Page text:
Shade trees are the perfect addition to many yards.
image by Deborah Finnell: sxc.hu
Shade trees are trees that grow large and wide, producing a lot of shade, hence the name. Popular shade trees include maples, willows, oaks and poplars, just to name a few. Since each shade tree is different, be sure to carefully read the planting instructions that came with your specific tree. Generally, shade trees can be planted in a similar manner.
Select a location in full sun or partial shade. Think ahead by providing enough room for your tree's mature height and width. Be sure there are no power lines or neighbor's roofs in that range. Do not plant near concrete, pipes, wires or buildings since the large roots closest to the tree can damage them.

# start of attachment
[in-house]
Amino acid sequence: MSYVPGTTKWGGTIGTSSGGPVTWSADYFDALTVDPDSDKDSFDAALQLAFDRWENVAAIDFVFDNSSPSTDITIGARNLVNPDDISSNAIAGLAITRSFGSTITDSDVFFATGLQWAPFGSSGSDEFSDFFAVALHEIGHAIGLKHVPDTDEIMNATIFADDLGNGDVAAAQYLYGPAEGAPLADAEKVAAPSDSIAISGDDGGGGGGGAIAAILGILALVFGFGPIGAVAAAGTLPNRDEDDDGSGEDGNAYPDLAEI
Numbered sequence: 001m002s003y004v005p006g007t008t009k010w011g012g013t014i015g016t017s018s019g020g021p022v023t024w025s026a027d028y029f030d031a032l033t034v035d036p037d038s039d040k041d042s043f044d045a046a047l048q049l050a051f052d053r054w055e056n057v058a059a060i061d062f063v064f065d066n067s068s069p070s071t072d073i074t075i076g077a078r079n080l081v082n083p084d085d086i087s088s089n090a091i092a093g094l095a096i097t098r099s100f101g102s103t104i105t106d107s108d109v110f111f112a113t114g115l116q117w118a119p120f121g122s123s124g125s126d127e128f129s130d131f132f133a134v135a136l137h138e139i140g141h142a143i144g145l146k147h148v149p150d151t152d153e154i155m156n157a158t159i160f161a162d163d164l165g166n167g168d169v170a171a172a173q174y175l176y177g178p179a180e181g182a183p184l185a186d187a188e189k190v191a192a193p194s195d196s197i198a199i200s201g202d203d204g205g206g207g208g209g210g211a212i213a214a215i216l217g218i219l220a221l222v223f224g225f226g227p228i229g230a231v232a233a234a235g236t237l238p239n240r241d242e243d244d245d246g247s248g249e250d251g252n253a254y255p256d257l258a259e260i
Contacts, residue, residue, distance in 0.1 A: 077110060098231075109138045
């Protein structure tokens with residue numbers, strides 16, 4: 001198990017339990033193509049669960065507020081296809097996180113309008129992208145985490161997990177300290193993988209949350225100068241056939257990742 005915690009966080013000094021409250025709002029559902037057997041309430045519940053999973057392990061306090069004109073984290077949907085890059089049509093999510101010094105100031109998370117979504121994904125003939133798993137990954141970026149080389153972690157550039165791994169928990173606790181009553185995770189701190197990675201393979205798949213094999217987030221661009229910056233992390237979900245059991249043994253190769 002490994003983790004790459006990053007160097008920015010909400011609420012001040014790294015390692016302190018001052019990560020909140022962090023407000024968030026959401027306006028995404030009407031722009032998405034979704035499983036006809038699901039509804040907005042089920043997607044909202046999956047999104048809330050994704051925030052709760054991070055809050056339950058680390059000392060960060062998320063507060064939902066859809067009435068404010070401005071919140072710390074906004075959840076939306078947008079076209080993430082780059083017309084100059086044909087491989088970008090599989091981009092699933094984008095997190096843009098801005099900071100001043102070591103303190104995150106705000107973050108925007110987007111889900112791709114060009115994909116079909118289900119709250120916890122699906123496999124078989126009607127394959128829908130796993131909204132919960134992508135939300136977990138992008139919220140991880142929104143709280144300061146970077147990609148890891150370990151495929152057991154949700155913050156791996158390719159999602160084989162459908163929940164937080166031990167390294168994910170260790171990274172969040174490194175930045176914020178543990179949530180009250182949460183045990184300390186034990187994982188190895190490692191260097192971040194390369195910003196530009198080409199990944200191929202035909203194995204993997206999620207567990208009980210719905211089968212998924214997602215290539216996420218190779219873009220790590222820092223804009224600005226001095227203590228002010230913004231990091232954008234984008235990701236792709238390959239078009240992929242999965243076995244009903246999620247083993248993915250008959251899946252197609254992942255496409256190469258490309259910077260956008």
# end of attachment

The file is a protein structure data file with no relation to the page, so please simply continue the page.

Dig a hole that is two times as deep and wide as your tree's root ball. Check with your local utility company to be sure there are no underground utilities before digging.
Treat your soil, if necessary. If your soil is not loose and rich, add some compost or peat moss before filling in your hole.
Take your shade tree out of the container or untie its netting or root bag. Loosen any compact dirt. Place it in the hole, being sure the trunk is straight and tall.
Fill the soil back in and water. Pat down the soil so there are no underground air pockets.